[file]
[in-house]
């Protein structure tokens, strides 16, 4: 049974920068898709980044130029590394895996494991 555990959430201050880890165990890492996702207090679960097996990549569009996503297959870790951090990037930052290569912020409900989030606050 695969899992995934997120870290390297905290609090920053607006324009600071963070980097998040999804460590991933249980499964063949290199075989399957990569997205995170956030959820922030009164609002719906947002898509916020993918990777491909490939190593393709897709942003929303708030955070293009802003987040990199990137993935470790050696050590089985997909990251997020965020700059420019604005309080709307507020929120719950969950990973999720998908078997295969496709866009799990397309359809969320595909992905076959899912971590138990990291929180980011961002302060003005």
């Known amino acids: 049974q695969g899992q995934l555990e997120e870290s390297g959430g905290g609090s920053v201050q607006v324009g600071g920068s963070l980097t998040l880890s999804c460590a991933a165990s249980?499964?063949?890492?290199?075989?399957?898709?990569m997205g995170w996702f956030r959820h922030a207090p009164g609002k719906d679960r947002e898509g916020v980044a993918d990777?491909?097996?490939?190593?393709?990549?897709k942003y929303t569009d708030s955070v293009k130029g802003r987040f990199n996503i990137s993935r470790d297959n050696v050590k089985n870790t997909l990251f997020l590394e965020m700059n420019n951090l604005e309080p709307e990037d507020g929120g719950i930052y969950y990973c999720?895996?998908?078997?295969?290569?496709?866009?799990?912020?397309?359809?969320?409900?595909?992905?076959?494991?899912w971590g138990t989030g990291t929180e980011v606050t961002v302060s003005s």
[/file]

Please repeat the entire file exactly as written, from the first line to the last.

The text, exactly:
[in-house]
């Protein structure tokens, strides 16, 4: 049974920068898709980044130029590394895996494991 555990959430201050880890165990890492996702207090679960097996990549569009996503297959870790951090990037930052290569912020409900989030606050 695969899992995934997120870290390297905290609090920053607006324009600071963070980097998040999804460590991933249980499964063949290199075989399957990569997205995170956030959820922030009164609002719906947002898509916020993918990777491909490939190593393709897709942003929303708030955070293009802003987040990199990137993935470790050696050590089985997909990251997020965020700059420019604005309080709307507020929120719950969950990973999720998908078997295969496709866009799990397309359809969320595909992905076959899912971590138990990291929180980011961002302060003005």
């Known amino acids: 049974q695969g899992q995934l555990e997120e870290s390297g959430g905290g609090s920053v201050q607006v324009g600071g920068s963070l980097t998040l880890s999804c460590a991933a165990s249980?499964?063949?890492?290199?075989?399957?898709?990569m997205g995170w996702f956030r959820h922030a207090p009164g609002k719906d679960r947002e898509g916020v980044a993918d990777?491909?097996?490939?190593?393709?990549?897709k942003y929303t569009d708030s955070v293009k130029g802003r987040f990199n996503i990137s993935r470790d297959n050696v050590k089985n870790t997909l990251f997020l590394e965020m700059n420019n951090l604005e309080p709307e990037d507020g929120g719950i930052y969950y990973c999720?895996?998908?078997?295969?290569?496709?866009?799990?912020?397309?359809?969320?409900?595909?992905?076959?494991?899912w971590g138990t989030g990291t929180e980011v606050t961002v302060s003005s």